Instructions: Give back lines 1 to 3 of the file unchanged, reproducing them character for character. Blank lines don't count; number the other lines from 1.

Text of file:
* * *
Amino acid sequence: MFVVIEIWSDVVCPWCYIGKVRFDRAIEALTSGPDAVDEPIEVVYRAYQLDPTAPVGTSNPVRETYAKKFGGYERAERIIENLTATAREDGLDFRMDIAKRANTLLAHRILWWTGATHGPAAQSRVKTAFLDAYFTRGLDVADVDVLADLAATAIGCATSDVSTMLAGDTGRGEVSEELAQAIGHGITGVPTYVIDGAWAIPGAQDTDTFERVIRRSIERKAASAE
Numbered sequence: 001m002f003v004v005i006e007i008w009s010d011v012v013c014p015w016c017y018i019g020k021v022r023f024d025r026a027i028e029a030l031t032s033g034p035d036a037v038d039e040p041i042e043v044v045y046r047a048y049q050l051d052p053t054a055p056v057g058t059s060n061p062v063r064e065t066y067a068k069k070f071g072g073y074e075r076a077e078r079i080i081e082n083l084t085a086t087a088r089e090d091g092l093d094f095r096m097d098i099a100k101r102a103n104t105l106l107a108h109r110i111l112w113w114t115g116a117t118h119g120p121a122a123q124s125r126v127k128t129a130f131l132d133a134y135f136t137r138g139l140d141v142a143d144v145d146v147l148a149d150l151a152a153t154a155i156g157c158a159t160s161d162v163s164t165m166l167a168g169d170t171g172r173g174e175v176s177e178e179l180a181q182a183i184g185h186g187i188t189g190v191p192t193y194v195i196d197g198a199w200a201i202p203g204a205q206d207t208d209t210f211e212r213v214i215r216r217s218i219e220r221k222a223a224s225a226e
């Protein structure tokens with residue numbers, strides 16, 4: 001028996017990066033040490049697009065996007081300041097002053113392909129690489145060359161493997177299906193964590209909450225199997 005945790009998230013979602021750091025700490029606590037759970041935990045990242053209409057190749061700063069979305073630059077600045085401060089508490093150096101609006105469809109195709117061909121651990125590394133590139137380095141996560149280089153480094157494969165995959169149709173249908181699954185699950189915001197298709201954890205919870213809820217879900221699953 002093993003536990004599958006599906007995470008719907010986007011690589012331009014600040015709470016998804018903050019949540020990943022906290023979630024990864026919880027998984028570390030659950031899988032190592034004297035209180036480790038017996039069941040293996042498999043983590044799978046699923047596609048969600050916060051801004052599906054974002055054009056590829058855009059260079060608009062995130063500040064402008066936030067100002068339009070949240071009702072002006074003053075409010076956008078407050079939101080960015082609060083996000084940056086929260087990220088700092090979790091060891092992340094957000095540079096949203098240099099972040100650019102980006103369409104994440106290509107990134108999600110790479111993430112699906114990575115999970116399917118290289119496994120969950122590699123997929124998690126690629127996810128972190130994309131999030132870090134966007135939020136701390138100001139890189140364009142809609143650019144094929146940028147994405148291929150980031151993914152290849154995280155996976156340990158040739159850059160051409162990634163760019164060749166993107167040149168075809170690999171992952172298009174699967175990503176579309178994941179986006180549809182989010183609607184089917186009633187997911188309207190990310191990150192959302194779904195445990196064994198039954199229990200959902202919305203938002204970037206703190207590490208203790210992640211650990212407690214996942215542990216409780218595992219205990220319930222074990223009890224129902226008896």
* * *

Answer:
Amino acid sequence: MFVVIEIWSDVVCPWCYIGKVRFDRAIEALTSGPDAVDEPIEVVYRAYQLDPTAPVGTSNPVRETYAKKFGGYERAERIIENLTATAREDGLDFRMDIAKRANTLLAHRILWWTGATHGPAAQSRVKTAFLDAYFTRGLDVADVDVLADLAATAIGCATSDVSTMLAGDTGRGEVSEELAQAIGHGITGVPTYVIDGAWAIPGAQDTDTFERVIRRSIERKAASAE
Numbered sequence: 001m002f003v004v005i006e007i008w009s010d011v012v013c014p015w016c017y018i019g020k021v022r023f024d025r026a027i028e029a030l031t032s033g034p035d036a037v038d039e040p041i042e043v044v045y046r047a048y049q050l051d052p053t054a055p056v057g058t059s060n061p062v063r064e065t066y067a068k069k070f071g072g073y074e075r076a077e078r079i080i081e082n083l084t085a086t087a088r089e090d091g092l093d094f095r096m097d098i099a100k101r102a103n104t105l106l107a108h109r110i111l112w113w114t115g116a117t118h119g120p121a122a123q124s125r126v127k128t129a130f131l132d133a134y135f136t137r138g139l140d141v142a143d144v145d146v147l148a149d150l151a152a153t154a155i156g157c158a159t160s161d162v163s164t165m166l167a168g169d170t171g172r173g174e175v176s177e178e179l180a181q182a183i184g185h186g187i188t189g190v191p192t193y194v195i196d197g198a199w200a201i202p203g204a205q206d207t208d209t210f211e212r213v214i215r216r217s218i219e220r221k222a223a224s225a226e
């Protein structure tokens with residue numbers, strides 16, 4: 001028996017990066033040490049697009065996007081300041097002053113392909129690489145060359161493997177299906193964590209909450225199997 005945790009998230013979602021750091025700490029606590037759970041935990045990242053209409057190749061700063069979305073630059077600045085401060089508490093150096101609006105469809109195709117061909121651990125590394133590139137380095141996560149280089153480094157494969165995959169149709173249908181699954185699950189915001197298709201954890205919870213809820217879900221699953 002093993003536990004599958006599906007995470008719907010986007011690589012331009014600040015709470016998804018903050019949540020990943022906290023979630024990864026919880027998984028570390030659950031899988032190592034004297035209180036480790038017996039069941040293996042498999043983590044799978046699923047596609048969600050916060051801004052599906054974002055054009056590829058855009059260079060608009062995130063500040064402008066936030067100002068339009070949240071009702072002006074003053075409010076956008078407050079939101080960015082609060083996000084940056086929260087990220088700092090979790091060891092992340094957000095540079096949203098240099099972040100650019102980006103369409104994440106290509107990134108999600110790479111993430112699906114990575115999970116399917118290289119496994120969950122590699123997929124998690126690629127996810128972190130994309131999030132870090134966007135939020136701390138100001139890189140364009142809609143650019144094929146940028147994405148291929150980031151993914152290849154995280155996976156340990158040739159850059160051409162990634163760019164060749166993107167040149168075809170690999171992952172298009174699967175990503176579309178994941179986006180549809182989010183609607184089917186009633187997911188309207190990310191990150192959302194779904195445990196064994198039954199229990200959902202919305203938002204970037206703190207590490208203790210992640211650990212407690214996942215542990216409780218595992219205990220319930222074990223009890224129902226008896």